Bake History: ‘100 wheaten loaves baked in honey’

Since the first discovery of bread within early Neolithic artefacts in Europe, it has been assumed that bread would have been an important staple of the prehistoric diet, as it has been throughout history. Neolithic farmers introduced a range of new crop plants, and they were the first people to really intensively cultivate the land around them.

The most widespread crop emmer wheat, although some small amounts of einkorn and barley was also grown at this time. In modern times, we now grow what which has better qualities for baking, these cereals still essentially form a major part of our modern diet too. Free threshing forms of bread wheat have been found dating from the end of the Bronze Age, which, when ground into flour, would have been baked into unleavened bread.

Until the discovery of a loaf of yeasted bread, which was made from barley and wheat flours, in the Neolithic level at Lake Bienne in Switzerland, it was generally assumed that the people of prehistoric times did not have yeasted bread. However, this was not the case. In ancient Egypt, the soaked loaves of half baked bread in a mixture of both water and date juice, then added it to flour to make fresh bread. This is similar to the modern tenchiques used in the production of sourdough bread.

Yeast has typically been linked to both beer and wine brewing throughout the past; the relationship between grain, yeast, bread and brewing can be observed extensively across different time periods. Some fruit, like grapes and elderberries, have natural yeasts on their skins. Because of this, fermenting beer or wine can be added in the bread making process resulting in leavened bread. Using fermenting grain to produce alcohol dates back to the first cultivation of grain, and may have been a result of the way that grain was stored in pits at this time.  The damp earth started germination in the grain on the edge of the pit, which in turn used up all of the oxygen in the storage pit. When all of the oxygen was gone, this killed the germinating grain, creating a seal around the outside of the pit. This seal meant that the remaining grain would keep for much longer, sometimes being used over several years. When the grain was used, and left behind would begin germinating again, and by baking these germinating grains, malt was created. This malt can then be used in the brewing process.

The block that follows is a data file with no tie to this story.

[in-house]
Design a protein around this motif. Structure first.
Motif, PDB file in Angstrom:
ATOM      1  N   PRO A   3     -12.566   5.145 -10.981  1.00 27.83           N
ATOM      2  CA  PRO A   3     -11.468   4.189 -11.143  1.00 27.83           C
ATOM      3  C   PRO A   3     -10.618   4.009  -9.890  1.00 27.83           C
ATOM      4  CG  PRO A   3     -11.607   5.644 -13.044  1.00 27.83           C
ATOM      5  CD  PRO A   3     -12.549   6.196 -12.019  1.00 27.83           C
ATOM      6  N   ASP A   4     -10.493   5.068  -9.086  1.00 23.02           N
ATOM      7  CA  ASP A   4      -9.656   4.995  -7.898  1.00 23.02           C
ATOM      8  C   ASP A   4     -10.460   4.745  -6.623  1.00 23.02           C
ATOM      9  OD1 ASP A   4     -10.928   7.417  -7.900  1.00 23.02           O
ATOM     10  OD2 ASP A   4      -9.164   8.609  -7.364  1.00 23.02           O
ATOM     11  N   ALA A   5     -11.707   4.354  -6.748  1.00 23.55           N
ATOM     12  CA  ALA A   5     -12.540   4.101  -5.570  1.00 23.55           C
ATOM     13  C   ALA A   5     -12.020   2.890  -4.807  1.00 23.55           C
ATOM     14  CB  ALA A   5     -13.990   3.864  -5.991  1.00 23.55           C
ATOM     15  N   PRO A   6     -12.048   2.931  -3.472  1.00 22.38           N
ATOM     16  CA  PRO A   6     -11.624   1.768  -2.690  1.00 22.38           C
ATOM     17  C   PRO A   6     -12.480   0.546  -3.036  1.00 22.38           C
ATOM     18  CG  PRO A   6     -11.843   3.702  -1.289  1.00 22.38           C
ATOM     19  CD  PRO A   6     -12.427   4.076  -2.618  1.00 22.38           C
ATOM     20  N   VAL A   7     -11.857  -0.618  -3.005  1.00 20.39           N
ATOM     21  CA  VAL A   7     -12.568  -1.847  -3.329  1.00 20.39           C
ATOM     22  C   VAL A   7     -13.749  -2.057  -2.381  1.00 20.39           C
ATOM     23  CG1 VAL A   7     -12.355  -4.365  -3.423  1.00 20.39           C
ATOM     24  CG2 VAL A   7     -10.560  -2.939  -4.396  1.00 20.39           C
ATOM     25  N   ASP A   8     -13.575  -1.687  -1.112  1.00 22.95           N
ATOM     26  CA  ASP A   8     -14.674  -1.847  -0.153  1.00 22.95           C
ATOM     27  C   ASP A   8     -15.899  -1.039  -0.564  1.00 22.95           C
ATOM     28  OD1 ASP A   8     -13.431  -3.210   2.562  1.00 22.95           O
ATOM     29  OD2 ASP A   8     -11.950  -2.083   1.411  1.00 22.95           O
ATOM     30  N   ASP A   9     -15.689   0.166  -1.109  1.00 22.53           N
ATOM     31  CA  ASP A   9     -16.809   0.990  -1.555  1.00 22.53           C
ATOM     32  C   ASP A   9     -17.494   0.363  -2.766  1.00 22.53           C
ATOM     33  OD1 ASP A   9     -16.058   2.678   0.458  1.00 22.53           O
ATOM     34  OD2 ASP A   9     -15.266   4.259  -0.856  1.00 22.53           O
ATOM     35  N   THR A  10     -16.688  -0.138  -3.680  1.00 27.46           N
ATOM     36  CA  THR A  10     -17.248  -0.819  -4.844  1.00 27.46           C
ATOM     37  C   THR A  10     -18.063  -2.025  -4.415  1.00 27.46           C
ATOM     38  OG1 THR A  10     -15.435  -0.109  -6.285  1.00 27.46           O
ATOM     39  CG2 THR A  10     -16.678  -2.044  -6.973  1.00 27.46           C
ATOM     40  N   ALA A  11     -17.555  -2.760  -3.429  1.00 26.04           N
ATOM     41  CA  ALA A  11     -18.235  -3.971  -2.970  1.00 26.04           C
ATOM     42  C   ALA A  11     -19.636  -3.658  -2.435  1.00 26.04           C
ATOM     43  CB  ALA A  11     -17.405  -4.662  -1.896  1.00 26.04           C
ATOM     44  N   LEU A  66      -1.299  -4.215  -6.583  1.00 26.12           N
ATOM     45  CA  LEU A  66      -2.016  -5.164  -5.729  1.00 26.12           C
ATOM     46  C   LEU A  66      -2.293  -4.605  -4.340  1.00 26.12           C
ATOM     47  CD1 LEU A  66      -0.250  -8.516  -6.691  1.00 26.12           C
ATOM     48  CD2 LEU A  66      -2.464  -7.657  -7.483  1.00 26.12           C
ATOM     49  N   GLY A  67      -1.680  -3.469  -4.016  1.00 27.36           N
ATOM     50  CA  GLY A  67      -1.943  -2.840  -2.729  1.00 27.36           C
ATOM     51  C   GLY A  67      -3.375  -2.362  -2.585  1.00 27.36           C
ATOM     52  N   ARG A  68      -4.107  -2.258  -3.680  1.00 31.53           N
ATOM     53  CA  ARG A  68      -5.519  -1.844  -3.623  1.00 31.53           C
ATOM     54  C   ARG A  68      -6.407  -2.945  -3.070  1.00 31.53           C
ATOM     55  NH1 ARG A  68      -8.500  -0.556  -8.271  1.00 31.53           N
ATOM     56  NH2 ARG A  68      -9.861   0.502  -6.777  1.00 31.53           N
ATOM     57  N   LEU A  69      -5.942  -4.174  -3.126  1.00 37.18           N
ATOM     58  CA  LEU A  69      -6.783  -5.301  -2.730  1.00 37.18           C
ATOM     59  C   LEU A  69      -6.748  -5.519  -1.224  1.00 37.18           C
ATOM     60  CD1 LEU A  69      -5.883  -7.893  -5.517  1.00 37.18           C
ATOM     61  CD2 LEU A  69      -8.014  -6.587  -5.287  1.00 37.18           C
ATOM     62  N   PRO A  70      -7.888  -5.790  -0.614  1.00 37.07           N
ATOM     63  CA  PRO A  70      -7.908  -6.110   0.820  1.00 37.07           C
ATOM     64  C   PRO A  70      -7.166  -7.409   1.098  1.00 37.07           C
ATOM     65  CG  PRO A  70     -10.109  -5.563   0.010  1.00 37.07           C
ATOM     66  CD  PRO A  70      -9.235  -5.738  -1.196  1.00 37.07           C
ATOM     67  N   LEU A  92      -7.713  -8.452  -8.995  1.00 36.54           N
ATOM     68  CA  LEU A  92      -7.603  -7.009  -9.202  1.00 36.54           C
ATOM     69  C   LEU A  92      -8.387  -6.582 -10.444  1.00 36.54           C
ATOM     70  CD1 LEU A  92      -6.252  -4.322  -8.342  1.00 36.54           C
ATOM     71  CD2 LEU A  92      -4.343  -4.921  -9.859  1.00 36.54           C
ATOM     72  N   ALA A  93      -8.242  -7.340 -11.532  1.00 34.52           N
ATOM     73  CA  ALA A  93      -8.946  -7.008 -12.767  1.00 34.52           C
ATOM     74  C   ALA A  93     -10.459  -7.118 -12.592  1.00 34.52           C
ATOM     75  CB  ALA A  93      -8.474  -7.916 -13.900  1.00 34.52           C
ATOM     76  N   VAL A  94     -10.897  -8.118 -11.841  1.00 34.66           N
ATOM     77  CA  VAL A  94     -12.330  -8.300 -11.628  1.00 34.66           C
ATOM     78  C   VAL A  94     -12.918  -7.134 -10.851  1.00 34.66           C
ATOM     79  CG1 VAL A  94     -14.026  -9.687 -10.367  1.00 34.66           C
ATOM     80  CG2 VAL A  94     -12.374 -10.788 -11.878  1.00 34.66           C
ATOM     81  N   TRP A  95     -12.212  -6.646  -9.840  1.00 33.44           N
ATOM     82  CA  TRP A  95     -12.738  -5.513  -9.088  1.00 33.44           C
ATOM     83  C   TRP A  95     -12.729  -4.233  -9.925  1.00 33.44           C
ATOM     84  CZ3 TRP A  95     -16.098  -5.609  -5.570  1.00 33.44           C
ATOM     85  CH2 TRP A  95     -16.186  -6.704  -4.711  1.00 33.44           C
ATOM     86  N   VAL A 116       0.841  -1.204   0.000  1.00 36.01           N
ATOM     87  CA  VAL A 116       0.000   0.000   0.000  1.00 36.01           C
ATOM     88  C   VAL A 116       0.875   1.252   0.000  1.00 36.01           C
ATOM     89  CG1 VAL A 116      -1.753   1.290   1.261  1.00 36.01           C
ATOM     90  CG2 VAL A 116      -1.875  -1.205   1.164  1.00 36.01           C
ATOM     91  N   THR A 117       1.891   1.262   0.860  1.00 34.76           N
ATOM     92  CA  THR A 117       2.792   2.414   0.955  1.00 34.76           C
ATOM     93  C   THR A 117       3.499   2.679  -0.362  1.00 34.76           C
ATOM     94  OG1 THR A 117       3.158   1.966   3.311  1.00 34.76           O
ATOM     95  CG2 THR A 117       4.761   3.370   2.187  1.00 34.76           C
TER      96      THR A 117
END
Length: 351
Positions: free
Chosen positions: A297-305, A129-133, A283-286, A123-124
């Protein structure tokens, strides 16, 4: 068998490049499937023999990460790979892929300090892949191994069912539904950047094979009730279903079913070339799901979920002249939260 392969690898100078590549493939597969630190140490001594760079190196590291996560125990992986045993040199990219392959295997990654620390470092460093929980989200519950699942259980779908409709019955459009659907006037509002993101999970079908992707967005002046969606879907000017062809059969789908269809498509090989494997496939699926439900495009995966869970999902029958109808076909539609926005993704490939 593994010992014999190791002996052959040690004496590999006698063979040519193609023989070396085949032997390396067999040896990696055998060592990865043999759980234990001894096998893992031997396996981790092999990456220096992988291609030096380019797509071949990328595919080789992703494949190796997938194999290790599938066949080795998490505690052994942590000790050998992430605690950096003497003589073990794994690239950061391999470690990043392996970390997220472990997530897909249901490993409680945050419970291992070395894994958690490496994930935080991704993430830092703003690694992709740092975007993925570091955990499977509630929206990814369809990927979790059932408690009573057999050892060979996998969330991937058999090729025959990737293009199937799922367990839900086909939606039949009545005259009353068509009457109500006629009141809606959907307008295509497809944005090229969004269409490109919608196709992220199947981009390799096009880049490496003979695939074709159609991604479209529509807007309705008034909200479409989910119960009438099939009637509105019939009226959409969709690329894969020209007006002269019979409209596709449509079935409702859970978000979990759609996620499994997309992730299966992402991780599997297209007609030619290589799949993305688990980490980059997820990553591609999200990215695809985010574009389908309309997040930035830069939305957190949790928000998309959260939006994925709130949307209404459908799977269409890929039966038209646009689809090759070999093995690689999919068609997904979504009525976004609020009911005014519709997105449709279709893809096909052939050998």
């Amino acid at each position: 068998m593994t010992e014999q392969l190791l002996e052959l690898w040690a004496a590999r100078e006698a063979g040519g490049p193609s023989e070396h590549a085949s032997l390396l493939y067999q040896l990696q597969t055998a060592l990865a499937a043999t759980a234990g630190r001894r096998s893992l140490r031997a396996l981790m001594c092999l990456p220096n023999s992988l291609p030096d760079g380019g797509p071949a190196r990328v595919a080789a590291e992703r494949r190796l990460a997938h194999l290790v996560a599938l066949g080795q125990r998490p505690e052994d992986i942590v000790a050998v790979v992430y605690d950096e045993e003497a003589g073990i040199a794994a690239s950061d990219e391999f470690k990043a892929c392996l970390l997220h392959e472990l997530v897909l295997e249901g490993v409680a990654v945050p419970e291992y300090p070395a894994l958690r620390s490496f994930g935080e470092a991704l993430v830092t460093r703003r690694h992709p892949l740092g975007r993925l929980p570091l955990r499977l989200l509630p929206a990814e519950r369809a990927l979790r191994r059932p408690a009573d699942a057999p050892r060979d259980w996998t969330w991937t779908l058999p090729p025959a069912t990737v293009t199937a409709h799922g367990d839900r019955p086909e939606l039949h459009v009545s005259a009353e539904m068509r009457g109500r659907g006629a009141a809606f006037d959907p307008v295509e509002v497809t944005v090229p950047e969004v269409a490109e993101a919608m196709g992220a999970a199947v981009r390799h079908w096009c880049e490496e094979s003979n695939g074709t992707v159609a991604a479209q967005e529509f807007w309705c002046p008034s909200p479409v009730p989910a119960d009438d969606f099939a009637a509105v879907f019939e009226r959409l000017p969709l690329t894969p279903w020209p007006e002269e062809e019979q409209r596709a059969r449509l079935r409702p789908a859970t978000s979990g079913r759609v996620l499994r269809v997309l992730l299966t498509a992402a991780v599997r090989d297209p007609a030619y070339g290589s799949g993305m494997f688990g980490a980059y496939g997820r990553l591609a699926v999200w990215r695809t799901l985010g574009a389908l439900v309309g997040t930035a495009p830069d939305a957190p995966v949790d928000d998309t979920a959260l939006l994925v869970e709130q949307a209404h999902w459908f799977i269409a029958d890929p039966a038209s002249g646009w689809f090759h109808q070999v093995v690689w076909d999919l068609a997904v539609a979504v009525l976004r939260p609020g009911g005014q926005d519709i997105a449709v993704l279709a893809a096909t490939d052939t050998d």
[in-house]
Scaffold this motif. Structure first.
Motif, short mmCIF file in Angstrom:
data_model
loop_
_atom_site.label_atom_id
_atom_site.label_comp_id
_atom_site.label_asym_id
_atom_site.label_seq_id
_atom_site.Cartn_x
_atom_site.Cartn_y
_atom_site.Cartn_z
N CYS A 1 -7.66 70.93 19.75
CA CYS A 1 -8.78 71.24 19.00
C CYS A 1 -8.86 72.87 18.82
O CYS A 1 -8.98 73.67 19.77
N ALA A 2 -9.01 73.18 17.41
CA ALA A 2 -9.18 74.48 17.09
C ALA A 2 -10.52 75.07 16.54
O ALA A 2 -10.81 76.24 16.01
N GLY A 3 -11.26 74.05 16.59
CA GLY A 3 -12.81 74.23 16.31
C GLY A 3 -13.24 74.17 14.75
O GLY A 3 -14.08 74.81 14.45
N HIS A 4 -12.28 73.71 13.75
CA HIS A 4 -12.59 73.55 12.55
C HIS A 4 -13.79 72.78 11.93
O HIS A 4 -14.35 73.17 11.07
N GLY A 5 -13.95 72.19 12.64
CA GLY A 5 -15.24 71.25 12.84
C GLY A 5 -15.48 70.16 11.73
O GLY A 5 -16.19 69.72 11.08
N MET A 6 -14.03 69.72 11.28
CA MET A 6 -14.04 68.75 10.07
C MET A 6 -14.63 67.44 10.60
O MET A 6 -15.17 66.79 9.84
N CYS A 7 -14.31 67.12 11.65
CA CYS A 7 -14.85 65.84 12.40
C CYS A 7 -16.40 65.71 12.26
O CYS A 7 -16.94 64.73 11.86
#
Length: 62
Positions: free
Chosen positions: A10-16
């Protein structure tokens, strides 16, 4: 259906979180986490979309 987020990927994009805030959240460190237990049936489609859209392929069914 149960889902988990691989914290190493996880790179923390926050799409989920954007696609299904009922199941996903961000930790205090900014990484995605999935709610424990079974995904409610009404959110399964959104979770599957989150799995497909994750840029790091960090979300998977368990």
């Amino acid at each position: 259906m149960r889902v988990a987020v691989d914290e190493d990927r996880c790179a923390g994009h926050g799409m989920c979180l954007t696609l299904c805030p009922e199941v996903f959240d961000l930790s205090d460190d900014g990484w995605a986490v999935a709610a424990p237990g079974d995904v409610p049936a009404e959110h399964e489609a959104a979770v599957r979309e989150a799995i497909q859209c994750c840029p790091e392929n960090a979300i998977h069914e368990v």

Although modern bread is very different to this prehistoric bread, the taste is very similar and recognisable as bread. In order to bake bread, prehistoric people had to grind grain up using saddle querns to get their flour. This recipe uses stone ground flour, but if you can find them, the recipe should also work with emmer, einkorn or spelt wheat flours.

Prehistoric sweet bread with hazelnuts and plums

500g honey

1.5kg stone ground flour

1 cup shelled chopped hazelnuts (I bashed mine with a rolling pin in a bag which worked fine)

5 plums, stoned and chopped into small chunks

1 tsp sea salt warm water to mix


  • Mix all of the ingredients together. Make sure to use a big bowl as there are a lot of ingredients! Mixing will take a while, and be sure to add your water slowly in small amounts at a time so that your mix does not end up too sticky! I found that kneading the dough once it had started to come together helped the mixing process.

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  • Leave covered in a warm place for three hours. I put mine in my conservatory in the sunshine, but it would also go in an airing cupboard, or an oven on a very low heat (less than 50⁰C).


  • Knead the dough on a well floured surface. I spent about half an hour doing this, until the dough became more elastic.